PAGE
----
Participants. Twelve right-handed volunteers (9 women, 3 men) between the ages of 18 and 25 years (mean = 20) were recruited from the Northwestern University community and screened for compatibility with MRI scanning. Data from six other participants were eliminated after testing because of errors in stimulus presentation. All participants were native speakers of English. Each participant was in good health and free from neurological and psychiatric problems. All participants gave informed consent, and the study was approved by the Institutional Review Board of Northwestern University.
Stimulus materials. Word stimuli were selected from the MRC Psycholinguistic Database (http://www.psy.uwa.edu.au/MRCDataBase/uwa_mrc.htm). Words ranged in frequency from 30 to 40 occurrences per million (Kucera and Francis, 1967) and in length from 5 to 10 characters. One hundred fifty words were chosen at random for the study phase. Face stimuli were scanned from a 1997 high school yearbook (R. M. Siwiec), and 150 were chosen at random for the study phase. An additional 150 words and 150 faces not used in the study phase were used as foils in the memory test.
Procedure. On each trial, a word or a face was shown for 1000 msec, followed by either a cue to remember (a green “R”) or a cue to forget (a red “F”) for 1500 msec and then by a 500 msec intertrial interval during which a fixation cross was shown. Participants were instructed to watch all stimuli but to remember only stimuli followed by the remember cue. To ensure that a minimum level of attention was paid to each stimulus, we required participants to respond on each trial by indicating with a button press whether they had seen a face or word. A short demonstration was used to familiarize participants with the stimuli and cues. They were then situated in the MR scanner, as described below, and the study phase was administered in five scanning runs. Each run included 30 words and 30 faces, half with a remember cue and half with a forget cue. To enable the separation of individual hemodynamic responses by deconvolution, an additional 30 trials in each run consisted of only the fixation stimulus for 3 sec. Randomized trial orders were selected to maximize the separation of both cue and stimulus effects.
A recognition memory test was administered ∼20 min after the completion of the study task, outside of the scanner. Participants were told that the test contained words and faces that were either novel or from the study phase (“old”). For each test item shown on a computer screen, participants were instructed to use two keys to indicate whether the stimulus was novel or old. Participants were instructed to make these responses regardless of whether the stimulus had been followed by a remember or forget cue and to respond as quickly and accurately as possible.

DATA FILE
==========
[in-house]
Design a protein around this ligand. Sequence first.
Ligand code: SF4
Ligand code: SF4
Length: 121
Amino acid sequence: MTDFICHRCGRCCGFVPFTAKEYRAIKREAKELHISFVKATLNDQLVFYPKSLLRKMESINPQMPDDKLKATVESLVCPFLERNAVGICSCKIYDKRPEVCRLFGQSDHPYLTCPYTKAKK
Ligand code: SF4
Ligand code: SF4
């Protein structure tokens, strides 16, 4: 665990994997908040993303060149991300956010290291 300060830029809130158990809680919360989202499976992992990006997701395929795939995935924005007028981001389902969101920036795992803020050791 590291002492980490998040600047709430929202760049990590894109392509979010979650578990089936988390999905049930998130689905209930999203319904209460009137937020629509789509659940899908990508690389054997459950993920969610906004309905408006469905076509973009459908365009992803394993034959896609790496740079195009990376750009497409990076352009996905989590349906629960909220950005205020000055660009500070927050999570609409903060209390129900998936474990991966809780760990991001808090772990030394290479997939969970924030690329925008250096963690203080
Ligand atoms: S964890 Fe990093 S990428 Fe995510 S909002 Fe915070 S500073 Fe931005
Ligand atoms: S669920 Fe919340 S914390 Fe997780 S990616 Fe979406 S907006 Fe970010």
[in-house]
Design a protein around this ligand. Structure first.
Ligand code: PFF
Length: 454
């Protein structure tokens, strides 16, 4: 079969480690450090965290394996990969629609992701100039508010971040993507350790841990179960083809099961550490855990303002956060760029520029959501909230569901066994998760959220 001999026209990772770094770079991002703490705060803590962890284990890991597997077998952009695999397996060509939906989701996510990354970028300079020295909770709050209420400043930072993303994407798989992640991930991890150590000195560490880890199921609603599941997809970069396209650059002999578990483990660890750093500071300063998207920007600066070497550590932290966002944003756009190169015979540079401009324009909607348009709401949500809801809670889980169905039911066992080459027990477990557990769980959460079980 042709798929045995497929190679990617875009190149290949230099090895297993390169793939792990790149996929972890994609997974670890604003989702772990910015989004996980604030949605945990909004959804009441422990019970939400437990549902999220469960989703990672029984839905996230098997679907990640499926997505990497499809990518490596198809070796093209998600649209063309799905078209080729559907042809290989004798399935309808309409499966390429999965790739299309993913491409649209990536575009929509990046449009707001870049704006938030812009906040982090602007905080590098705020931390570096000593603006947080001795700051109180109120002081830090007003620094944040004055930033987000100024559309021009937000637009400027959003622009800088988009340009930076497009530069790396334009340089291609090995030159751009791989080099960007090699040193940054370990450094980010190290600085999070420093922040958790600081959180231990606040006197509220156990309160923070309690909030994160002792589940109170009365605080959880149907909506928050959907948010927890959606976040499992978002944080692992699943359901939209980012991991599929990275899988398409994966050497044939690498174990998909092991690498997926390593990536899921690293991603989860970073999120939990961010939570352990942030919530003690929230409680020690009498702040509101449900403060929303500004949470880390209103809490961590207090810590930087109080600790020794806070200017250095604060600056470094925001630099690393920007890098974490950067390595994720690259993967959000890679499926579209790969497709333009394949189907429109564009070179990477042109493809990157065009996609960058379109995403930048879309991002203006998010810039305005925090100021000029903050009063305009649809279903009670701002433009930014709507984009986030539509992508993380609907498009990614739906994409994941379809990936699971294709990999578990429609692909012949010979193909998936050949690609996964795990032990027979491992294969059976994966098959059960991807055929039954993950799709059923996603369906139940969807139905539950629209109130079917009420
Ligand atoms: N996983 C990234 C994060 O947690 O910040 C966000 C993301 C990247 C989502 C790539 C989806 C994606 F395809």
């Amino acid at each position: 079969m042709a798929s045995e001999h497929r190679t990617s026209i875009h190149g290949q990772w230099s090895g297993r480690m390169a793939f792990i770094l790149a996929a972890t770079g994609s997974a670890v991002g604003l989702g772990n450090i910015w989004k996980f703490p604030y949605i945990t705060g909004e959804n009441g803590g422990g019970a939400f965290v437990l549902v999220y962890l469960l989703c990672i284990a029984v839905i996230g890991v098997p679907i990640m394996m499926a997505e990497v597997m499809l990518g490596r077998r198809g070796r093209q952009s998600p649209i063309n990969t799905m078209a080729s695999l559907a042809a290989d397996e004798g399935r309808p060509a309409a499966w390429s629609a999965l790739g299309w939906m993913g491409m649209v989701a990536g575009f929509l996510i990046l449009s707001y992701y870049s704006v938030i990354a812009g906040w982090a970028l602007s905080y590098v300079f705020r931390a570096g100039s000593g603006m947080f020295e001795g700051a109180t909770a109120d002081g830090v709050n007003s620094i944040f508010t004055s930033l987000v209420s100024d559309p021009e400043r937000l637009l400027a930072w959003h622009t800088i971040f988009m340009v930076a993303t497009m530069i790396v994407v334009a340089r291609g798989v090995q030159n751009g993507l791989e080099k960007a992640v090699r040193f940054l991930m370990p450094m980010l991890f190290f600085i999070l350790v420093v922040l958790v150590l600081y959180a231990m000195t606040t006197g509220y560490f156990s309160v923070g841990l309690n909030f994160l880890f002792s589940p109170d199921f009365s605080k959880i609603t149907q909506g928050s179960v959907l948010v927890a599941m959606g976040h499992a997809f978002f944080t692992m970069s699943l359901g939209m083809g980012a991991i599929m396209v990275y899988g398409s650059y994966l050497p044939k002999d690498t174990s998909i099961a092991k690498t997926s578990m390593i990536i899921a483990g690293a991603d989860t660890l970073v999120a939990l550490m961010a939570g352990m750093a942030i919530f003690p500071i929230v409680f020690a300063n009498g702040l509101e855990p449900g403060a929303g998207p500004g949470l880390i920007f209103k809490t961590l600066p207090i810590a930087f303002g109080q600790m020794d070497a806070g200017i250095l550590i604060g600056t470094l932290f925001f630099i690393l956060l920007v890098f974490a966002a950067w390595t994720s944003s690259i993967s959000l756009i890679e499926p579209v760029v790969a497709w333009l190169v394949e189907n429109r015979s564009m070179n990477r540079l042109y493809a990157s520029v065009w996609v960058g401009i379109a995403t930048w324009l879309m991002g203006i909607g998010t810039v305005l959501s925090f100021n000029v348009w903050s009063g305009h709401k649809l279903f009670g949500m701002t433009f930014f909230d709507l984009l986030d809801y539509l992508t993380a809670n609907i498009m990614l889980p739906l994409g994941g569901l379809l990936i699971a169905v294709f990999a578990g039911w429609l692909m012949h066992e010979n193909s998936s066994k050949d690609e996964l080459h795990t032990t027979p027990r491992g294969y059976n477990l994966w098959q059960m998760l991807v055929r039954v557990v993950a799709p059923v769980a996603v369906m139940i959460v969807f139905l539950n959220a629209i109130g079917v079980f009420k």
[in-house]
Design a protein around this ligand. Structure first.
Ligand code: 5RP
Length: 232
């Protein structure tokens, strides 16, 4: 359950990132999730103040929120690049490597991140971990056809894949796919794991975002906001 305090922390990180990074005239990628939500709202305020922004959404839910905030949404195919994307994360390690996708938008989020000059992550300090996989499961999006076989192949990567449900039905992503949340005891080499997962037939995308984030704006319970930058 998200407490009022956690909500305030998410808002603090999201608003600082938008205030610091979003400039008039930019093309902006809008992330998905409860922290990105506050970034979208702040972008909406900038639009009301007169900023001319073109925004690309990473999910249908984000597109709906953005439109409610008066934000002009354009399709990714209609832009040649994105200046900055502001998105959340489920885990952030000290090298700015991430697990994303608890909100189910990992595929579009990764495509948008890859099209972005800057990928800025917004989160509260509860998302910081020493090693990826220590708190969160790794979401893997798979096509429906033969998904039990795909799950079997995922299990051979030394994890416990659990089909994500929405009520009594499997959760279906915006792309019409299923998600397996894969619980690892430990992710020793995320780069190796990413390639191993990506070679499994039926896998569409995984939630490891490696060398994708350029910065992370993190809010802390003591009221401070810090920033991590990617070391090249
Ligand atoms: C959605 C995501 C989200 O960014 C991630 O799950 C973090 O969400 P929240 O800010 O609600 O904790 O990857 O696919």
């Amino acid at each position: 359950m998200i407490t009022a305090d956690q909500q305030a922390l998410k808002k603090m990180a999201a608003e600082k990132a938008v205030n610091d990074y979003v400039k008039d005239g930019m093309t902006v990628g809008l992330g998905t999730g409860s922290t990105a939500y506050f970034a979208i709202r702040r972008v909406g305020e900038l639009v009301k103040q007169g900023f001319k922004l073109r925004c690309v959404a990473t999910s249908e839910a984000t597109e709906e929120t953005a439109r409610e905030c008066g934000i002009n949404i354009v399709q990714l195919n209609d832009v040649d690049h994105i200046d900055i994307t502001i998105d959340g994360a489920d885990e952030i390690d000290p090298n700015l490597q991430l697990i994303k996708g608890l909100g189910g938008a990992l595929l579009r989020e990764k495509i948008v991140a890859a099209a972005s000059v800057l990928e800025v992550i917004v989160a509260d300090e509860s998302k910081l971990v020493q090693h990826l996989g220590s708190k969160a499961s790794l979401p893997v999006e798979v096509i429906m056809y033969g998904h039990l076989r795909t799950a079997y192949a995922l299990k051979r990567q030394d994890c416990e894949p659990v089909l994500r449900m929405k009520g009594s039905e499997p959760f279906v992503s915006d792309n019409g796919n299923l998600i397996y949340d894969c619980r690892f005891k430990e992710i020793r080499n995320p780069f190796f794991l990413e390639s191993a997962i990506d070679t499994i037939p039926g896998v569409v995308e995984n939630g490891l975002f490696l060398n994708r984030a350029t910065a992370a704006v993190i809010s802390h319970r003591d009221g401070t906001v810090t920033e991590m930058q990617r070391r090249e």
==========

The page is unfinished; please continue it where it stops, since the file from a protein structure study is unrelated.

Imaging methods. A Siemens Vision 1.5-T magnet and head coil were used. The subject's head was comfortably secured using padding and a vacuum-immobilizer device. Stimuli were projected onto a rear-projection screen and viewed through a mirror. Whole brain T2*-weighted gradient-recalled echoplanar images were collected during the study task [24 6 mm slices; repetition time (TR) = 2000 msec; echo time (TE) = 40 msec; flip angle = 85°; field of view (FOV) = 24 cm]. Slices were oriented along the line connecting the anterior and posterior commissure (AC/PC line; slightly oblique from transverse) with a resolution of 3.75 × 3.75 × 6 mm. In each run, 154 whole-brain volumes were collected (4 initial volumes to reach steady state, 135 volumes during the study phase, and an additional 15 volumes at the end of the scan to collect the residual hemodynamic responses of the final trials). For anatomical localization, 3DFLASH T1-weighted images (TR = 15 msec; TE = 5.6 msec; flip angle = 20°, 160 1 mm axial slices; FOV = 240 mm; 256 × 256 matrix) were acquired after the study phase.
Image analysis. Images were coregistered through time using a three-dimensional registration algorithm (Cox, 1996). Functional volumes were spatially smoothed with a 7.5 mm full-width half-maximum Gaussian kernel to improve the signal-to-noise and accommodate residual anatomical differences across participants. Within each run, voxels were eliminated if signal magnitude changed >10% between time points (TR = 2 sec) or if the mean signal level was below a threshold. Each of the runs was then transformed (Collins et al., 1994) to conform approximately to the atlas of Talairach and Tournoux (1988) (using the MNI-305 reference model) with a final resolution of 2.5 mm3. The five runs of functional data were concatenated into a single time series for each participant. The average response to each trial type was estimated using a general linear model analysis (D. Ward, “Deconvolution Analysis of fMRI Time Series Data,” http://afni.nimh.nih.gov/afni) that included the onset of each trial type and several control variables (average signal and linear drift estimated individually for each of the five runs, and estimates of corrected motion for each time point to remove signal changes that were correlated with head/brain motion). Differences between trial types were estimated by contrasting the average peak response within the window of 4–8 sec after stimulus onset (to account for hemodynamic delay). Differences between trial types were estimated for each participant individually and then combined in a second-stage random-effects analysis that identified differences in evoked responses that were consistent across participants. Regions exhibiting a significant effect by this random-effects analysis were those in which each voxel exhibited a reliable change in activity across participants (t (11) > 3.5; p < 0.005 uncorrected) in a 500 mm3 region (equal to 32 voxels in the 2.5 mm3resolution of normalized space or ∼6 voxels in the original anatomical space). Monte Carlo simulations using normally distributed noise with 750 time points (equivalent to the five runs) and 12 simulated participants indicate <5% false positives per experiment with this statistical threshold.